• —The apparent Soviet trend to be more openly in harmony with us in East Asia is worth following carefully.

I told Henry that I thought you should receive Vice President Ky if he is here and, if he is not here, that you should briefly receive Ambassador Lam, the head of the South Vietnamese Delegation.

I also advised that you should assume that your living quarters here will contain microphones and would not be a suitable place for your conversations. The offices which we have here are, I believe, secure and you will be well advised to have your conversations concerning Viet-Nam here.

With high and warm regards,

Respectfully yours,

Cabot L.
  1. Source: National Archives, Nixon Presidential Materials, NSC Files, Box 182, Paris Talks/Meetings, Paris Talks, Vol. II, 2/3–69, Memos and Miscellaneous. Top Secret.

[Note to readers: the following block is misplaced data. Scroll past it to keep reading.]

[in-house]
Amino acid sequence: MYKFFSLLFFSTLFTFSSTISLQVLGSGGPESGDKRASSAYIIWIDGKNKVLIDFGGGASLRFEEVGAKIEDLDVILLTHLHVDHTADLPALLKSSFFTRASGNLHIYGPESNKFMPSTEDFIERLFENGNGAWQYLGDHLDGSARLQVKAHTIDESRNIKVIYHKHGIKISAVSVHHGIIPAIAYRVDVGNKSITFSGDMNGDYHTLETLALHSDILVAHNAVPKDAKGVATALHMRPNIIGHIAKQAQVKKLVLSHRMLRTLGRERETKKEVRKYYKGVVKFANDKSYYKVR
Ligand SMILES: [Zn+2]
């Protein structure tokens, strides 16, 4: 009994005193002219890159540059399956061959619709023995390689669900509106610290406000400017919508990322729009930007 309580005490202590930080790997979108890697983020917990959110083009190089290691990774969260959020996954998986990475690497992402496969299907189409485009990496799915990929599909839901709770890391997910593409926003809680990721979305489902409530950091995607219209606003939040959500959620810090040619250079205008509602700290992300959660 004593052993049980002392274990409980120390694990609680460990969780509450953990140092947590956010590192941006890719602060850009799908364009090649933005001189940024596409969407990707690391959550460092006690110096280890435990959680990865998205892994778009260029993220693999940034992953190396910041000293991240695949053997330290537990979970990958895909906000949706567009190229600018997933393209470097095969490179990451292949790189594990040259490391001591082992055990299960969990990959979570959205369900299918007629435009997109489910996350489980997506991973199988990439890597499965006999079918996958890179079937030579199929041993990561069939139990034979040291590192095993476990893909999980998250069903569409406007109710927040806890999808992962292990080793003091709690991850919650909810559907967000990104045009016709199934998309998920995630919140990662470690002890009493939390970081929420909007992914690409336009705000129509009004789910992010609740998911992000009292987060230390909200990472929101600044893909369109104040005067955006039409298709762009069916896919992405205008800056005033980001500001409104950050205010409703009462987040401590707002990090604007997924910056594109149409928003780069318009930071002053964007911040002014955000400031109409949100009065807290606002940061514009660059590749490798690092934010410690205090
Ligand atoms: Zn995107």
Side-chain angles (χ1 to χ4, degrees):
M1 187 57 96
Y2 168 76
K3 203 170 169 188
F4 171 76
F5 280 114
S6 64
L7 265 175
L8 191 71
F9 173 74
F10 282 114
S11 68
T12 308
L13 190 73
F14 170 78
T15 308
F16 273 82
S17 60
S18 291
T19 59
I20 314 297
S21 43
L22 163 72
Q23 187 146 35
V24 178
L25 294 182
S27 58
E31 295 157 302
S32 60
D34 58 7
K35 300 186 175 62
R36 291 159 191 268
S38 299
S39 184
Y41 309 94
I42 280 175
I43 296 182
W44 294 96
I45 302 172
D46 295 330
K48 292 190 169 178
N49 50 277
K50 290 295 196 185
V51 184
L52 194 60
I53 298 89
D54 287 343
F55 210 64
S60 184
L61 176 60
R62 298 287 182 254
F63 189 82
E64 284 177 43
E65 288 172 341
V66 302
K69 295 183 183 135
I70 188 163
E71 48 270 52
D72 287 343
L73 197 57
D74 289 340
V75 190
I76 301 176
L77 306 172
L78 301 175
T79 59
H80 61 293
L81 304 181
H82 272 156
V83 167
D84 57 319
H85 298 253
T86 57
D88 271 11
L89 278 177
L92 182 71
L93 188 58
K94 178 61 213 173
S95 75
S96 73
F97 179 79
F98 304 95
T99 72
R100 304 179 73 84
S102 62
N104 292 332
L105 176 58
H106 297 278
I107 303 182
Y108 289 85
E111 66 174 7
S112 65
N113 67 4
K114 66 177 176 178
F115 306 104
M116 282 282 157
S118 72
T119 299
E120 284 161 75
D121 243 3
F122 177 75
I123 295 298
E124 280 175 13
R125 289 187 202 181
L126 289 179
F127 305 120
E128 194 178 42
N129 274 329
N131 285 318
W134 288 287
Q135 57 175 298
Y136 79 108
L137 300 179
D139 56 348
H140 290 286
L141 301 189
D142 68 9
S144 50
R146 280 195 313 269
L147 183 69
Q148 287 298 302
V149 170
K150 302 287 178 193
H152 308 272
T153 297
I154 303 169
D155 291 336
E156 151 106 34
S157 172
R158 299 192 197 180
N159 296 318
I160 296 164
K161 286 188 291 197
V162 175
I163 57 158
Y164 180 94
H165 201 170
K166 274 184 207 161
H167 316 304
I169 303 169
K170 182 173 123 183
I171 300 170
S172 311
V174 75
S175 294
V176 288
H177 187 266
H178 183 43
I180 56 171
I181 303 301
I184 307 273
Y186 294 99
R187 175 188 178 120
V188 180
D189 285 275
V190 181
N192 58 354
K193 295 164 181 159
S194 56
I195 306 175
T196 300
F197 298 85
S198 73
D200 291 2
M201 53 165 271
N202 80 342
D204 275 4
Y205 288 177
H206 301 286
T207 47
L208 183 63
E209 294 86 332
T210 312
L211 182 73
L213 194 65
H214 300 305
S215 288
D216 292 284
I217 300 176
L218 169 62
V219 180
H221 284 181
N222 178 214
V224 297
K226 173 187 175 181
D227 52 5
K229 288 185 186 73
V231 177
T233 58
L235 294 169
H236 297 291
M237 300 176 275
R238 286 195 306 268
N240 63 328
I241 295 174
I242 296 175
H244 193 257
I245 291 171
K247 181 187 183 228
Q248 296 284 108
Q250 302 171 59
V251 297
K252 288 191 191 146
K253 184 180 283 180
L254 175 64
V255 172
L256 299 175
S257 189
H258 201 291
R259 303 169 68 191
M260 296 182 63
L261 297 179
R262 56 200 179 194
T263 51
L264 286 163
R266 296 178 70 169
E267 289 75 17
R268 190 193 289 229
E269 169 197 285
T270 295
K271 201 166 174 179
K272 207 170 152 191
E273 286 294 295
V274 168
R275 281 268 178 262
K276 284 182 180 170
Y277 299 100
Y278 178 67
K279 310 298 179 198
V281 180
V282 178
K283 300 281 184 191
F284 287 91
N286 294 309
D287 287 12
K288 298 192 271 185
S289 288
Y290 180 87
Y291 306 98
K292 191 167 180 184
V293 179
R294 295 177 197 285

2. See Document 27.
  3. Announced at the end of the Manila Conference on Vietnam, October 25, 1966, was the so-called “Manila Formula” whereby the United States and allied troops pledged to leave Vietnam 6 months after North Vietnamese troops withdrew, infiltration ceased, and the level of violence in South Vietnam subsided. (Text in Public Papers: Johnson, 1966, pp. 1262–1263.)
  4. Not found.